ST. LOUIS (KTVI) - There’s an identity theft scam with a new twist is hitting St. Louis: packages you never ordered, sent to your home, and stolen from your porch.
You don't even know it, until you get the bill.
Fox 2’s Andy Banker leaving his house for work a few days ago and there was a big screen TV at the front door shipped to his address, in his name, and billed to a credit account he never opened.
It’s a different “M-O” from what police typically see which involves people following delivery drivers or simply scouring neighborhoods for packages on front porches and stealing them, not knowing what’s inside.
In this case, the thieves knew what they were getting and when they were getting it.
“The packages were ordered in your name delivered to your home,” said St. Louis Police Detective Carl Dulay. “Just so someone could take it off that front porch.”
It was Sony 48” flat screen smartTV shipped by online retailer, Montgomery Ward. A couple of days after the TV arrived, a bill came: close to $1,150 dollars for the TV plus close to $158 dollars for shipping, for a total of more than $1,300 billed to Andy Banker via an account he never opened.
Police have had similar reports recently in St. Louis and St. Louis County.
Whoever set up the phony accounts also arranged for someone to take the delivered items before the victims ever knew they were there.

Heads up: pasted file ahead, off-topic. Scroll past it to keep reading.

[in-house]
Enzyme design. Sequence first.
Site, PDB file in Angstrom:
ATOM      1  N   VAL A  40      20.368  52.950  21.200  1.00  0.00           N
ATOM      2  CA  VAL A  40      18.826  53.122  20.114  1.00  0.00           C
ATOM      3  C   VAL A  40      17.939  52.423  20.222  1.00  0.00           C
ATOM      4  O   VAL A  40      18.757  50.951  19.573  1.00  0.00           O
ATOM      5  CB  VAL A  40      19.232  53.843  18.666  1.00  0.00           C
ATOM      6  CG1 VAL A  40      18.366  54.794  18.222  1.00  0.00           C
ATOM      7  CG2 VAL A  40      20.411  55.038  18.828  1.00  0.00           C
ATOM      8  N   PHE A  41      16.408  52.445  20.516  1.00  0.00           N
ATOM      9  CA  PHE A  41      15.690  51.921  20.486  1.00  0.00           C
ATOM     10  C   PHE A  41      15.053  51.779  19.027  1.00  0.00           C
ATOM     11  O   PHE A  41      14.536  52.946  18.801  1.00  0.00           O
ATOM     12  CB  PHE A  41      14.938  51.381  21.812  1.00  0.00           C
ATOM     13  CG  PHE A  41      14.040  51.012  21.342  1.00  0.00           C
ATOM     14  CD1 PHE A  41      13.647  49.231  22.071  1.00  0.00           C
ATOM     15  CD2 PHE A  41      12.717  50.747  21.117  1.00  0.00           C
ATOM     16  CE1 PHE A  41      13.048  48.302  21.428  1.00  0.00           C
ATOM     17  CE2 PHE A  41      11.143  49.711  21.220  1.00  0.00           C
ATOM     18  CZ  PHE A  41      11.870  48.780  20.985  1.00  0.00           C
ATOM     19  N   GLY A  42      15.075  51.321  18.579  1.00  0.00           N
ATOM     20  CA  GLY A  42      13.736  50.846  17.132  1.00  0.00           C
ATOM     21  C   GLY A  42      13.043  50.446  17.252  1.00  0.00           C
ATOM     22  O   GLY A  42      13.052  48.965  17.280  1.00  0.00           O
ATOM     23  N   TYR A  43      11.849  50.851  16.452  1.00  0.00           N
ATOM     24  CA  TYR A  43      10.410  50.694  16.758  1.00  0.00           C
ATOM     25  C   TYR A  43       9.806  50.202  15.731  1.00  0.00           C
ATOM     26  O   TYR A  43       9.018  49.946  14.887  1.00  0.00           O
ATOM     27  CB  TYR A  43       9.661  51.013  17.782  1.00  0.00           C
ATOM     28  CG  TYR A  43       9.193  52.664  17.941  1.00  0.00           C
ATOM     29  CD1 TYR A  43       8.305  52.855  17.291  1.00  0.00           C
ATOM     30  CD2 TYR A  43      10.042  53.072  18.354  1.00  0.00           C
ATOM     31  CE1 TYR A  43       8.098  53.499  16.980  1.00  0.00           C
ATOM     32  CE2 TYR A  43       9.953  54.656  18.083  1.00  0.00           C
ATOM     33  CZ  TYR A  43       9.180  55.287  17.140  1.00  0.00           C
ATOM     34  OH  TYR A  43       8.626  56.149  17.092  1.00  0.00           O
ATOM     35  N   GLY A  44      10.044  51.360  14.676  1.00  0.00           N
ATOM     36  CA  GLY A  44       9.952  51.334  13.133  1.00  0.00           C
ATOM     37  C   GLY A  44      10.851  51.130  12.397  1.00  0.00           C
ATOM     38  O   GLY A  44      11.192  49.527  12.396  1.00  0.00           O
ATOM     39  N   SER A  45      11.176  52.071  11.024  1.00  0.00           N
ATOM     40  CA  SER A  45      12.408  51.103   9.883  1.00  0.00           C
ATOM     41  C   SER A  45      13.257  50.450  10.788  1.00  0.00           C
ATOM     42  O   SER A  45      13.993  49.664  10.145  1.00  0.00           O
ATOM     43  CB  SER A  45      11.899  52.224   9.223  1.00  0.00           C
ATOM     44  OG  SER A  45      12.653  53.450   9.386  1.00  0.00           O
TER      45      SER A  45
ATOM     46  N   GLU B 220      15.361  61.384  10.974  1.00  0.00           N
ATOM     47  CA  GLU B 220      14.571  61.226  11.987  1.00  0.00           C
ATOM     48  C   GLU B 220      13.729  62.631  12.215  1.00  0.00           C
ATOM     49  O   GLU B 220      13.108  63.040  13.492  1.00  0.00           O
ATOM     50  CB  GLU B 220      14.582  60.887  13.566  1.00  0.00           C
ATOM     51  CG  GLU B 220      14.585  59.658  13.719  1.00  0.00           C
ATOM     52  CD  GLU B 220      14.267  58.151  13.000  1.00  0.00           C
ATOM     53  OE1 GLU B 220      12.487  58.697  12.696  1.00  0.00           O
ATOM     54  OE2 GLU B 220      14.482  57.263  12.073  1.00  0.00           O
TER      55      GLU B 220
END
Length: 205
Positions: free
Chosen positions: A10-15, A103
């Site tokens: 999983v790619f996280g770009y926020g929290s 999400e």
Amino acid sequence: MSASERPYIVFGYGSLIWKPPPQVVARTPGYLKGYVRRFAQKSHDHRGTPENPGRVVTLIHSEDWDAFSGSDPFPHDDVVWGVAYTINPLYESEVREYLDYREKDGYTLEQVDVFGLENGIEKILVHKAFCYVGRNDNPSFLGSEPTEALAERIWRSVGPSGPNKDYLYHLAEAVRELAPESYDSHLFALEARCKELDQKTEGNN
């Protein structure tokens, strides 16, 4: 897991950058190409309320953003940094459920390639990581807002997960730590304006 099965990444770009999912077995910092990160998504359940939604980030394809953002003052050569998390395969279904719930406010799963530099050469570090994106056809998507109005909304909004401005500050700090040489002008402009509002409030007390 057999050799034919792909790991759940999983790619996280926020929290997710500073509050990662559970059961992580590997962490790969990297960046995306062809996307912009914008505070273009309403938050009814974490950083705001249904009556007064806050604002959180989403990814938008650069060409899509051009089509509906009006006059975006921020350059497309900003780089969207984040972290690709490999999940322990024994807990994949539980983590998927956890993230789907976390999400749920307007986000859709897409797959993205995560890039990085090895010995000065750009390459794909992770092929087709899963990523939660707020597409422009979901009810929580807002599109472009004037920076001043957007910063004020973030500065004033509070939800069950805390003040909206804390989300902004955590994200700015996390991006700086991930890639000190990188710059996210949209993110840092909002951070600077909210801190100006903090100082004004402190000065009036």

“Without a doubt. It’s a form of identity theft,” Dular said. “Identity theft is problem not only here in the St. Louis area, but in other areas. There’s something to gain by this. If they are successful in picking up 1 out of 4 TV’s during the course of a week, that’s obvious gain for that person.”
It was a $9billion dollar criminal enterprise yearly in the U.S., he said.
Luckily in his case, Andy saw the TV before the thieves did. He immediately alerted Montgomery Ward. The company closed the account and had the TV shipped back at no cost to Andy.
Still, it was hardly the end of the matter for Andy or any other victims, police said. Catching the thieves was not easy, police added.
“It is a very sophisticated process, when someone is sitting behind a laptop or computer at unknown location and they’re enlisting a credit card application in your name … what you need to begin with is looking at your credit reports, ensuring that each entry on your credit reports belongs to you,” Dulay said.
This is a crime, so report to it to police, he stressed.
Victims should also notify the big 3 credit reporting agencies. If you give them a police report number, they'll put a "fraud alert" on your report for up to 7 years, letting creditors know you're a victim of identity theft and that they need to make sure "it's you" before issuing any more credit cards.
Everyone with credit should monitor their cards and credit reports frequently to help guard against Identity theft, he said.